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Wounding Words

May the words of my mouth and the meditation of my heart be pleasing in your sight, O Lord, my Rock and my Redeemer. Ps.19:14, NIV.

My problem with being slow to ask forgiveness is that I don’t always see how things I do can affect God. I mean, I don’t commit any obvious sins, such as lying, cheating, or stealing; and I certainly haven’t killed anyone. Now, I realize there’s more to being a Christian than just obeying the Ten Commandments. Sometimes I think that what I’m doing is only hurting myself, and I don’t realize that my actions are really hurting others. Usually, people apologize when they put other people down, but recently I found myself apologizing for putting myself down.

One of my failings as a Christian is my serious lack of self esteem. In my heart I know I’m a child of the King, but when I look in the mirror I don’t see a princess; I see a peasant. I compare myself to the people around me, and I end up feeling ugly and stupid. I’ve fallen into the habit of knocking myself, verbally. I know I’m not the only woman who does this or feels she’s less than a princess.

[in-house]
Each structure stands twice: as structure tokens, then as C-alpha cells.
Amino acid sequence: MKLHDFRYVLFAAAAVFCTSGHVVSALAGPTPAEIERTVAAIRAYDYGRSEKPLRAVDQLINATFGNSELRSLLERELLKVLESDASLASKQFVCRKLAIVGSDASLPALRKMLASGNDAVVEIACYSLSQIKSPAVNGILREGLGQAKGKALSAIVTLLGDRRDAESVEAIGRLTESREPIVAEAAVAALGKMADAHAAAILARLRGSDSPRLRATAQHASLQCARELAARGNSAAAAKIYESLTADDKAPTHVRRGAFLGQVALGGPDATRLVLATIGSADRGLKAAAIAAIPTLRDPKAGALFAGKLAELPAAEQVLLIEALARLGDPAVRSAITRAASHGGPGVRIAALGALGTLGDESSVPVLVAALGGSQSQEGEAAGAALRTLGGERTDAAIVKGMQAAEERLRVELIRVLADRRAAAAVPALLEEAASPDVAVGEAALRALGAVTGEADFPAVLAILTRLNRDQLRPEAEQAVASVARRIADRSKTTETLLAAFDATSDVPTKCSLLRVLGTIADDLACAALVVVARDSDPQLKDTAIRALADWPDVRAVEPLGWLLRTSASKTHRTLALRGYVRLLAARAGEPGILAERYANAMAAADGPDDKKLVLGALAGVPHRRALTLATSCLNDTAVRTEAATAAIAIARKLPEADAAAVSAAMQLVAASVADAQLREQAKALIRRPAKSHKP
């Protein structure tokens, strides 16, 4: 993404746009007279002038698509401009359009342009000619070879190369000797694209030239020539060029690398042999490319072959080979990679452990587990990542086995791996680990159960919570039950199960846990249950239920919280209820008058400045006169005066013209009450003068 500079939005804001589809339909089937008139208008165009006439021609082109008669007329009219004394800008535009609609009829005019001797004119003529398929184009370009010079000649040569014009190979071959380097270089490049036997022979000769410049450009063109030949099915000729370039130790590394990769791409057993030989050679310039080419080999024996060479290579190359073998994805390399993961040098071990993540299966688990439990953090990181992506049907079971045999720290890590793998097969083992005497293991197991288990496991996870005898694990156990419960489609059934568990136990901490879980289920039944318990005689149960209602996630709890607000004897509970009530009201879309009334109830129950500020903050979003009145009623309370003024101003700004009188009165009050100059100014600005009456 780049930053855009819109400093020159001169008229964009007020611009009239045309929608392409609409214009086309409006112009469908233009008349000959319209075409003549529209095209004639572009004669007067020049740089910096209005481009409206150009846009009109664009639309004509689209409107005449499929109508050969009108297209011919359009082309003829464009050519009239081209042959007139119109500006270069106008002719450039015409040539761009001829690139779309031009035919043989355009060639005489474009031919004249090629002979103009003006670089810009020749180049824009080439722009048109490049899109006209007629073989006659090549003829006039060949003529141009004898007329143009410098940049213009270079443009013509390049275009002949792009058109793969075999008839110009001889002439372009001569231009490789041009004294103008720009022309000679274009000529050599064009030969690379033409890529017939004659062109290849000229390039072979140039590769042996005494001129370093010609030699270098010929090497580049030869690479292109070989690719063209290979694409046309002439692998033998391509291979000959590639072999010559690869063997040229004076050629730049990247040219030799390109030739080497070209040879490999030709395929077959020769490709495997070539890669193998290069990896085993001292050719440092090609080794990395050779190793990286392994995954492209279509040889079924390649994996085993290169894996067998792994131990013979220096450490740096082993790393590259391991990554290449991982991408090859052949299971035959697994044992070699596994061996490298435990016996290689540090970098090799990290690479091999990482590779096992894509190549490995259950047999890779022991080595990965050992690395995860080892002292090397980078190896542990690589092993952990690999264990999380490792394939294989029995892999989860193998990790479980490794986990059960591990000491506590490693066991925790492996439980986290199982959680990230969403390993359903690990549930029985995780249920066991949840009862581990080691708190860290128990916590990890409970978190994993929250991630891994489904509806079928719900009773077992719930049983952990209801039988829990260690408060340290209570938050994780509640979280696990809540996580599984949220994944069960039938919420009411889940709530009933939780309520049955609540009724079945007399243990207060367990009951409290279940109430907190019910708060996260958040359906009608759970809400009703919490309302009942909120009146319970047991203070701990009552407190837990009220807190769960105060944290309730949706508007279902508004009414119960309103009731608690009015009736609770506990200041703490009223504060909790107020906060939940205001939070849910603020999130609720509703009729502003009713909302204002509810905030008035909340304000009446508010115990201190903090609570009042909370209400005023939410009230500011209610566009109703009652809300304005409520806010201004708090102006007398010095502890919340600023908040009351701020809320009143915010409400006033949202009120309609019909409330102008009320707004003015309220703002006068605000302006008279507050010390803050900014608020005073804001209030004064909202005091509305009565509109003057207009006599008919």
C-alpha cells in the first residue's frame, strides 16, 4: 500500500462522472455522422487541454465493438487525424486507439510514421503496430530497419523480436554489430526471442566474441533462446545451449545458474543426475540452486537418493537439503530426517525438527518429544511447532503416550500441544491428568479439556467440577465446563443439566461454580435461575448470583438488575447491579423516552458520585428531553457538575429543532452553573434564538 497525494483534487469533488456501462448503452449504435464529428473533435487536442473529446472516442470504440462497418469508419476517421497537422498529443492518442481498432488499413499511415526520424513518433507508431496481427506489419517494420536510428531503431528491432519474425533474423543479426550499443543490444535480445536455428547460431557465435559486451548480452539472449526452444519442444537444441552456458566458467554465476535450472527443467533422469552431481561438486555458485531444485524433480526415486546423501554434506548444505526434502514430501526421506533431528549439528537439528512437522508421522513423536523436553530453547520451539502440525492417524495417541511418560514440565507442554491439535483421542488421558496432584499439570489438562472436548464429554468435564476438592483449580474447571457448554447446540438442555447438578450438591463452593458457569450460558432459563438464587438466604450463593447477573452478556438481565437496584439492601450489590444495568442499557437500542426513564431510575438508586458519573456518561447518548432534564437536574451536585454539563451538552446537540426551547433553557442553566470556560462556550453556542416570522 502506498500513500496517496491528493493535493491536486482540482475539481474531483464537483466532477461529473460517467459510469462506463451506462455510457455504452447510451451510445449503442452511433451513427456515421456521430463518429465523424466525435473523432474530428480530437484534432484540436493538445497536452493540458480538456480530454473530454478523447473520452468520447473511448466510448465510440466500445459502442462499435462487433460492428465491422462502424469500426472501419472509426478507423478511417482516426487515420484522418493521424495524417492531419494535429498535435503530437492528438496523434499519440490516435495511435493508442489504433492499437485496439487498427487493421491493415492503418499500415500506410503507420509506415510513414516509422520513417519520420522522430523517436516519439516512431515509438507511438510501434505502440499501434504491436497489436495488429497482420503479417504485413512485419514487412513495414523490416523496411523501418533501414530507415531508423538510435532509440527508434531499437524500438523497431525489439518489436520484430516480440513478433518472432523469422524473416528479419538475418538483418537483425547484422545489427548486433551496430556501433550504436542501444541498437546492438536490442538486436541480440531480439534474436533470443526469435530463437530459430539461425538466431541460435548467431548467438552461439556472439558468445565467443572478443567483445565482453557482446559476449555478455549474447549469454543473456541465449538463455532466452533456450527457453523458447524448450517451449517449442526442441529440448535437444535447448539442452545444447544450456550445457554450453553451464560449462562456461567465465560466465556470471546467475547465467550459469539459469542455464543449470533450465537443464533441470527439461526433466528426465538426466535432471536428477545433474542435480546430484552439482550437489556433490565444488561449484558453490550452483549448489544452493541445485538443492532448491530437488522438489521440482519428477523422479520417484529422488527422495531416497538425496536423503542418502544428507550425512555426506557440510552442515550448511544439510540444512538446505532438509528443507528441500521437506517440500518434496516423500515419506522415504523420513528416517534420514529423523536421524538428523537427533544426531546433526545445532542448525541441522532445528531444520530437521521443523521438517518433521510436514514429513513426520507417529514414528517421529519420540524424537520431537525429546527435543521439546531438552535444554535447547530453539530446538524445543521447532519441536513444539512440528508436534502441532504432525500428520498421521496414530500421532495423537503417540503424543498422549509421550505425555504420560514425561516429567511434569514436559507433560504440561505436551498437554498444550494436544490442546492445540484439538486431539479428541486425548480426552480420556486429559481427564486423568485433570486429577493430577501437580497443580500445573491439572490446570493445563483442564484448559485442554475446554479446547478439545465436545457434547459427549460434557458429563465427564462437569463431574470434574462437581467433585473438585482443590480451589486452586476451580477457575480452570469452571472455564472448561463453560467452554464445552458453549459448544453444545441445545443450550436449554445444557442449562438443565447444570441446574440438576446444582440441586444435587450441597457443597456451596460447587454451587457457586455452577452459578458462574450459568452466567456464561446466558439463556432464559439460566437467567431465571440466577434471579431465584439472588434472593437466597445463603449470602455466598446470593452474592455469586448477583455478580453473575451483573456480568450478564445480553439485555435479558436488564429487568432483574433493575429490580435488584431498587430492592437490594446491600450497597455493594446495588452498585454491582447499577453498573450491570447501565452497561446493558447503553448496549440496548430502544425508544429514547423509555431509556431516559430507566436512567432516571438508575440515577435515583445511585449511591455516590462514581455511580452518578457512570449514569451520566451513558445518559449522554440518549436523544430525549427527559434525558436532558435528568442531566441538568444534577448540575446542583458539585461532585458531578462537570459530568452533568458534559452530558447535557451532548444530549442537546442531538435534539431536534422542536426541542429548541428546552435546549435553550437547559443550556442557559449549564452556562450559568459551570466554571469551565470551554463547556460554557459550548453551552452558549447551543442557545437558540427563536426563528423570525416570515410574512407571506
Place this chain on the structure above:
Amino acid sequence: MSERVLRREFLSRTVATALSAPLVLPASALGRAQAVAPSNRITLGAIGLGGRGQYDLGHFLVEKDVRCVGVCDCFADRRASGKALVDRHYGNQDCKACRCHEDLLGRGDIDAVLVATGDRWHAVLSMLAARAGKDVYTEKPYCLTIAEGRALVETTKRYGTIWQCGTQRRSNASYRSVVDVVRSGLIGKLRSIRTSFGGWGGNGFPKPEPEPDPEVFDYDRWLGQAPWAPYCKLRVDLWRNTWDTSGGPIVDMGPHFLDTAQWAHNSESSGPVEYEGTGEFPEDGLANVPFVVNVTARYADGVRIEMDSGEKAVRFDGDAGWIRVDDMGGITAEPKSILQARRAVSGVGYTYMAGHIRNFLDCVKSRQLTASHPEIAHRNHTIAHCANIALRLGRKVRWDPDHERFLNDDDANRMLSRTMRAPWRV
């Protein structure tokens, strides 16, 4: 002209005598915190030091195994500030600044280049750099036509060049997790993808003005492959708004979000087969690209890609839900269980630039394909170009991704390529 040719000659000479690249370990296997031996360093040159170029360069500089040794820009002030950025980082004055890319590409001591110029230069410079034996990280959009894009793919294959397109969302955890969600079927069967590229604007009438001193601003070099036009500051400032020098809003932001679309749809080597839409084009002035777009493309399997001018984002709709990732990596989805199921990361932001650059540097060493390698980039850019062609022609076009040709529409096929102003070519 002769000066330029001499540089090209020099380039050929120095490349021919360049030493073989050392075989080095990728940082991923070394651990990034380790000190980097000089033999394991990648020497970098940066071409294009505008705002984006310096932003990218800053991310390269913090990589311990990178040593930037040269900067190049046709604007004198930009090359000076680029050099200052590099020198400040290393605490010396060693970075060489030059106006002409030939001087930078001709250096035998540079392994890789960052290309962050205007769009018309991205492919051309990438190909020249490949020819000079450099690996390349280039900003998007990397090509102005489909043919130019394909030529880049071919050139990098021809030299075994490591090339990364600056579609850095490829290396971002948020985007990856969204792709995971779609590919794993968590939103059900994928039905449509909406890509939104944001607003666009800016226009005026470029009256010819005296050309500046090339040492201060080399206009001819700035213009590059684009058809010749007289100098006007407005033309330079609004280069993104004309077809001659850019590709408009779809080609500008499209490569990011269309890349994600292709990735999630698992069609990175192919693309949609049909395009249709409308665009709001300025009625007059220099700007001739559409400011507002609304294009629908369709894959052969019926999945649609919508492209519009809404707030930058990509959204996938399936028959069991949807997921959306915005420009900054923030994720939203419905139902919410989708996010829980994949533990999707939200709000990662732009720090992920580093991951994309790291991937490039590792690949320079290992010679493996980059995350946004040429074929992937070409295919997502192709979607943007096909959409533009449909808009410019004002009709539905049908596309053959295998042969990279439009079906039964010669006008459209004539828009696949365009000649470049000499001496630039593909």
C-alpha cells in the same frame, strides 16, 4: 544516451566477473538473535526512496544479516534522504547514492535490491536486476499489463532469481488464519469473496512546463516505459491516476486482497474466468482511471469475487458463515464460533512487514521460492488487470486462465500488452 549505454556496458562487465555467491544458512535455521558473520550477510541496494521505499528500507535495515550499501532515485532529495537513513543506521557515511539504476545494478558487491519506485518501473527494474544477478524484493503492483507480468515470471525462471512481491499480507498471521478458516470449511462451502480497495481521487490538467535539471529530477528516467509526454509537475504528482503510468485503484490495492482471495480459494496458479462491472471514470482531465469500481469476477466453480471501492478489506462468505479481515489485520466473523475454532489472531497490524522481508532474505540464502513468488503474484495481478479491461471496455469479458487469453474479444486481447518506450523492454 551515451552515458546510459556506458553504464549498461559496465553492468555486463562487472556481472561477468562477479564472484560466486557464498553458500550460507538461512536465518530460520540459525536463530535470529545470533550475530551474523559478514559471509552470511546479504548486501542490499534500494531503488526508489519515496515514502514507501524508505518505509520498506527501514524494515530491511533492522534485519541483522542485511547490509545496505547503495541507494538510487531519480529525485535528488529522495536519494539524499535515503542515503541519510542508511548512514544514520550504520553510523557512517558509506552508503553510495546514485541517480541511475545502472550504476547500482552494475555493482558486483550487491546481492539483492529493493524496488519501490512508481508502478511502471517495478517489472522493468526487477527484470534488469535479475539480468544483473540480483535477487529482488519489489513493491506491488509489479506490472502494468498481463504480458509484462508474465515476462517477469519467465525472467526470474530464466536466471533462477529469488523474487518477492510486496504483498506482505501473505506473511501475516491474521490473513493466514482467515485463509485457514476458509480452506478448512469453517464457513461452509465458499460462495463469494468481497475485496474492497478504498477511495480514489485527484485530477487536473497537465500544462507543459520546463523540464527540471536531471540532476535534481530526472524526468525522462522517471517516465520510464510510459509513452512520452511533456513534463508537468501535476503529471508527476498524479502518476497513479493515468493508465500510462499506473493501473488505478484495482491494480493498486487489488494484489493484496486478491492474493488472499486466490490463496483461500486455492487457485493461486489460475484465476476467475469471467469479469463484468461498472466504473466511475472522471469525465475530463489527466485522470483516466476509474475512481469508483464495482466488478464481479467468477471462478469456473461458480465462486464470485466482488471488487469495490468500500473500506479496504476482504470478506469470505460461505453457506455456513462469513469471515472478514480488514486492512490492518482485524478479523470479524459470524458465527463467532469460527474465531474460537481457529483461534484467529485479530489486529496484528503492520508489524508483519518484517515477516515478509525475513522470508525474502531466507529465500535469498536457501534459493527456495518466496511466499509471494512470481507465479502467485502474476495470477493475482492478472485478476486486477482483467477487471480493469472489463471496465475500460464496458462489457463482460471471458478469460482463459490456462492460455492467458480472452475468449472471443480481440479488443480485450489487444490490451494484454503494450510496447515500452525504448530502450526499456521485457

I made the mistake of talking to my best friend about how ugly I was. I wasn’t prepared for her reaction. Instead of telling me to stop or ignoring my put-downs, she actually started crying.

“You don’t know how beautiful you are,” she said. “Why can’t you see what I see?”

I ended up apologizing profusely. I thought I was only hurting myself when I talked that way, but it turns out I was also hurting the people who loved me.

I try to spend some time every evening, talking to God in a private place. During one of those prayers I was impressed with the idea that if my words wounded my friend to the point of tears, how much more must they hurt my Creator? If God loved me enough to offer His Son, how can I look down on myself?

Asking for forgiveness sincerely means not only admitting to wrongdoing, but also trying to make sure you don’t repeat the same offense. I’m sorry to say that a bad habit of years doesn’t vanish overnight. But I know that both God and my friend have forgiven me, and I’m determined to cut out my wounding words.

Gina Lee

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